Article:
'The Bostonians': so far, the best movie of the year. Merchant; Ivory, Jhabvala (and Henry James) have done it again
Summer is always a silly season at the movies, deluging us with fantasy and farce. This year is no exception, as ''Ghostbusters'' and ''Gremlins'' set the pace.Skip to next paragraph
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But a few serious offerings have sneaked in through the back door. The latest is ''The Bostonians,'' taken from Henry James's novel. It joins ''Under the Volcano'' in showing that literary adaptations are still a thriving enterprise for film - and that they needn't be washed out like ''The Natural,'' which kicked off the current spate of page-to-screen translations.
To say it right out, ''The Bostonians'' is the best movie I've seen all year. The story doesn't exactly gallop along - this is Henry James, after all - but it canters with an easy, flowing grace. Add a long list of vivid characters, and a mood as rich and proud as old Boston itself, and you have a hearty entertainment that's as thoughtful and engaging (if not so deep or imposing) as its source.
And talk about timely! The background of the novel, published in 1886, is the struggle for women's liberation, a subject James explores with great energy, if not as much insight as present-day readers might wish. Both the film and the book keep personal drama in the forefront, focusing on characters more than issues. But those issues lend the tale an extra fascination, and the filmmakers make good use of them.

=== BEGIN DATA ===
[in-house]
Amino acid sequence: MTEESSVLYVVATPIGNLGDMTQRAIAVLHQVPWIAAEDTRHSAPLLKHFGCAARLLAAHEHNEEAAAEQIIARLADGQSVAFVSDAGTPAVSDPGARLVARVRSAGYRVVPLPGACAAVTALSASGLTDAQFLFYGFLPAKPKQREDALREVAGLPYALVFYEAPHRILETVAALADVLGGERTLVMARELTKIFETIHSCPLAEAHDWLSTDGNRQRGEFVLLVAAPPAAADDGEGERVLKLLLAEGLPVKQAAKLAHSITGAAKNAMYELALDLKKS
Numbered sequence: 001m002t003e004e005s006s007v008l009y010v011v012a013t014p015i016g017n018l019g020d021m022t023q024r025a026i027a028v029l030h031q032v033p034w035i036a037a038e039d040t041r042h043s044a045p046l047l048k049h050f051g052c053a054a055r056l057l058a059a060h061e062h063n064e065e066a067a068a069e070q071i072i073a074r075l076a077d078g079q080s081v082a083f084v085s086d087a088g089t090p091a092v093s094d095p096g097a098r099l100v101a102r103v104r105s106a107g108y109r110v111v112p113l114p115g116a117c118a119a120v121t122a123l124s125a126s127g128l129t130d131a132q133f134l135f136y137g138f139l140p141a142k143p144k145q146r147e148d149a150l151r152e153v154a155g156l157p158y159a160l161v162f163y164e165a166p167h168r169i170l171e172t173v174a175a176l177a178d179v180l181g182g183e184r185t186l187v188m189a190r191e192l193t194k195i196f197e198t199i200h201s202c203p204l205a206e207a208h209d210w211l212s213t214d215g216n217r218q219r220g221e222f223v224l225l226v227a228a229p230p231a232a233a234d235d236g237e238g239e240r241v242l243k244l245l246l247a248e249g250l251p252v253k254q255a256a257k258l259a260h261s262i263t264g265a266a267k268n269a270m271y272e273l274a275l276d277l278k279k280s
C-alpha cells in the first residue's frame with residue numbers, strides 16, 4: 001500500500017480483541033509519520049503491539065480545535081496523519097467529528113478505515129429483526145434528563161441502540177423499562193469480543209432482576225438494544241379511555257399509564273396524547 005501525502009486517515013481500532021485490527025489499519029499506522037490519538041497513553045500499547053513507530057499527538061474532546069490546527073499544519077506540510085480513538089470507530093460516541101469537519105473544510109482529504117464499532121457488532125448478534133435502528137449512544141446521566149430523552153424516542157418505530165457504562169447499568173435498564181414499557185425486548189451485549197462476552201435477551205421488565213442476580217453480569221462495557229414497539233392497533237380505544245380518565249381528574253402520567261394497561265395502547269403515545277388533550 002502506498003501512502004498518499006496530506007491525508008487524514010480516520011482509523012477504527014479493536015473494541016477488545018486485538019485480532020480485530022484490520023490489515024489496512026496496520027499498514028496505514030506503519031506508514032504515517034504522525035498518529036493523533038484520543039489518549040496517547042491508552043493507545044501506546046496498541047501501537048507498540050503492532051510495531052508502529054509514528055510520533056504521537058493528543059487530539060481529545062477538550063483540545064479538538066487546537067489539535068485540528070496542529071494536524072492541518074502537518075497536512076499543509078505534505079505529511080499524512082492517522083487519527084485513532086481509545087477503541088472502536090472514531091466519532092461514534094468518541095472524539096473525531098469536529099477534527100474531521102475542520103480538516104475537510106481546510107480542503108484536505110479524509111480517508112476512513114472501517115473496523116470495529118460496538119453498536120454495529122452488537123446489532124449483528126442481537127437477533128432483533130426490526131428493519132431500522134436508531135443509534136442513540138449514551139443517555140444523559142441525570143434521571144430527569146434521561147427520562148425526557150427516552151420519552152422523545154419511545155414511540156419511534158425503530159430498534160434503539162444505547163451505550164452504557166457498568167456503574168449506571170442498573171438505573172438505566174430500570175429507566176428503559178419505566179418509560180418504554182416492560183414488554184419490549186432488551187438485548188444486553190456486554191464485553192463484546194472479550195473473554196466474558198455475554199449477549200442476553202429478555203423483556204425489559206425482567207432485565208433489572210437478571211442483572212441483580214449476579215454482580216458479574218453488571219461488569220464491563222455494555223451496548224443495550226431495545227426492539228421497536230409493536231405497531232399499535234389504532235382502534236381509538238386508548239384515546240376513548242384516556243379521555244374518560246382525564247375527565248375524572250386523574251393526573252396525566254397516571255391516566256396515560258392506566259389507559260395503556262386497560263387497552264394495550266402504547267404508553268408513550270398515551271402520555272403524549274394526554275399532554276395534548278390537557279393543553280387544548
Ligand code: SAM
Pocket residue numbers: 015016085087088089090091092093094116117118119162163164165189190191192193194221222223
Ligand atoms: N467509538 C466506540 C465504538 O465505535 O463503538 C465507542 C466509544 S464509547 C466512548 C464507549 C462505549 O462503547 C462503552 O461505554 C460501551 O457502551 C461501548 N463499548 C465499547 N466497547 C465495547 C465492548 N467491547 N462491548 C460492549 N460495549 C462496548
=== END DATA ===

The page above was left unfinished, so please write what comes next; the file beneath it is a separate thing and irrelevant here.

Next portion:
The central character is Verena Tarrant, a young feminist with a talent for public speaking. Two other figures circle about her: a militant liberationist named Olive Chancellor, whose dedication borders on neurosis, and Basil Ransom, a suitor from Mississippi who thinks a lifetime of quiet housewifery is all a real lady could want. Beginning in 1875, not long after the Civil War, the story traces a struggle between intense Olive and chivalrous Basil for the heart and loyalty of Verena, whose sincerity is equaled only by her indecisiveness.
It's a dramatic plot as James wrote it, leavened with amusing twists of character and wry observations by the narrator. The filmmakers stay surprisingly close to the novel, considering its length, but some changes are evident. The movie's first and last scenes concern the militant Olive, for instance, making her (not Verena) seem the central character. And because film is such a literal medium, some of the story's subtler undercurrents come into unexpectedly high relief. This particularly affects the repressed sexual dimension of the relationship between Verena and Olive, which seems more immediate on the screen than on the page, despite the film's impeccable tact in treating such matters.
The adapters have mostly avoided tinkering, though, even when it might have helped James's narrative seem still more relevant to current concerns. For one important example, James's bottom-line attitude toward feminism seems to be embodied in a character named Dr. Prance - a self-made woman physician whose professional and intellectual activities keep her too busy to fuss with movements or dabble in causes. Her attitude is understandable but not acceptable , I feel, because it denies the need for political as well as personal action when a society's well-being is at stake.
At first the filmmakers mitigate this a bit, making Dr. Prance seem impatient with the rhetoric rather than the goals of the movement. But eventually she admits her lack of sympathy with the whole struggle, a position that seems less benign today than it might have a century ago. Only at the end does the screenplay make its own perspective clear, allowing the passionately committed Olive to air her views in a speech instead of vaguely dismissing her as James does on the last page.